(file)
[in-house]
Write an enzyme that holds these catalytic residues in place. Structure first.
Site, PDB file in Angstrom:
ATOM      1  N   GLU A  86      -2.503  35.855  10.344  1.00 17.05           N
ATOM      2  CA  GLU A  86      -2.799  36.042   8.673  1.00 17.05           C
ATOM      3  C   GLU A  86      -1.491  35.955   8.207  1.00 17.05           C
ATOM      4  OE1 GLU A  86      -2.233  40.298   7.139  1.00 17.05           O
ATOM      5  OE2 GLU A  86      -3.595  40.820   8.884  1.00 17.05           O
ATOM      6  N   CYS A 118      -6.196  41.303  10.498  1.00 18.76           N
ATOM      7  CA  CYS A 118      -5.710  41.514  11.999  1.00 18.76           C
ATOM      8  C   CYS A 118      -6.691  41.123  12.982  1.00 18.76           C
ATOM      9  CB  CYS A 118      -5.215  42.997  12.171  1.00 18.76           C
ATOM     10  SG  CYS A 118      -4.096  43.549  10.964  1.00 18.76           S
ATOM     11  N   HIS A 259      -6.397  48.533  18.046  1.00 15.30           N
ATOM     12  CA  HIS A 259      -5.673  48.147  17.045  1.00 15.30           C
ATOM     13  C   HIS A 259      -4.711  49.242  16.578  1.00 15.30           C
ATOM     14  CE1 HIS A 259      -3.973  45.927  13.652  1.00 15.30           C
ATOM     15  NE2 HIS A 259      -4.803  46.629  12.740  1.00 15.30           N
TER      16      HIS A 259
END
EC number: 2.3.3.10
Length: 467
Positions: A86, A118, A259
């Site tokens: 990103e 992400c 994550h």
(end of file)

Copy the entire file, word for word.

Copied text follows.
[in-house]
Write an enzyme that holds these catalytic residues in place. Structure first.
Site, PDB file in Angstrom:
ATOM      1  N   GLU A  86      -2.503  35.855  10.344  1.00 17.05           N
ATOM      2  CA  GLU A  86      -2.799  36.042   8.673  1.00 17.05           C
ATOM      3  C   GLU A  86      -1.491  35.955   8.207  1.00 17.05           C
ATOM      4  OE1 GLU A  86      -2.233  40.298   7.139  1.00 17.05           O
ATOM      5  OE2 GLU A  86      -3.595  40.820   8.884  1.00 17.05           O
ATOM      6  N   CYS A 118      -6.196  41.303  10.498  1.00 18.76           N
ATOM      7  CA  CYS A 118      -5.710  41.514  11.999  1.00 18.76           C
ATOM      8  C   CYS A 118      -6.691  41.123  12.982  1.00 18.76           C
ATOM      9  CB  CYS A 118      -5.215  42.997  12.171  1.00 18.76           C
ATOM     10  SG  CYS A 118      -4.096  43.549  10.964  1.00 18.76           S
ATOM     11  N   HIS A 259      -6.397  48.533  18.046  1.00 15.30           N
ATOM     12  CA  HIS A 259      -5.673  48.147  17.045  1.00 15.30           C
ATOM     13  C   HIS A 259      -4.711  49.242  16.578  1.00 15.30           C
ATOM     14  CE1 HIS A 259      -3.973  45.927  13.652  1.00 15.30           C
ATOM     15  NE2 HIS A 259      -4.803  46.629  12.740  1.00 15.30           N
TER      16      HIS A 259
END
EC number: 2.3.3.10
Length: 467
Positions: A86, A118, A259
């Site tokens: 990103e 992400c 994550h």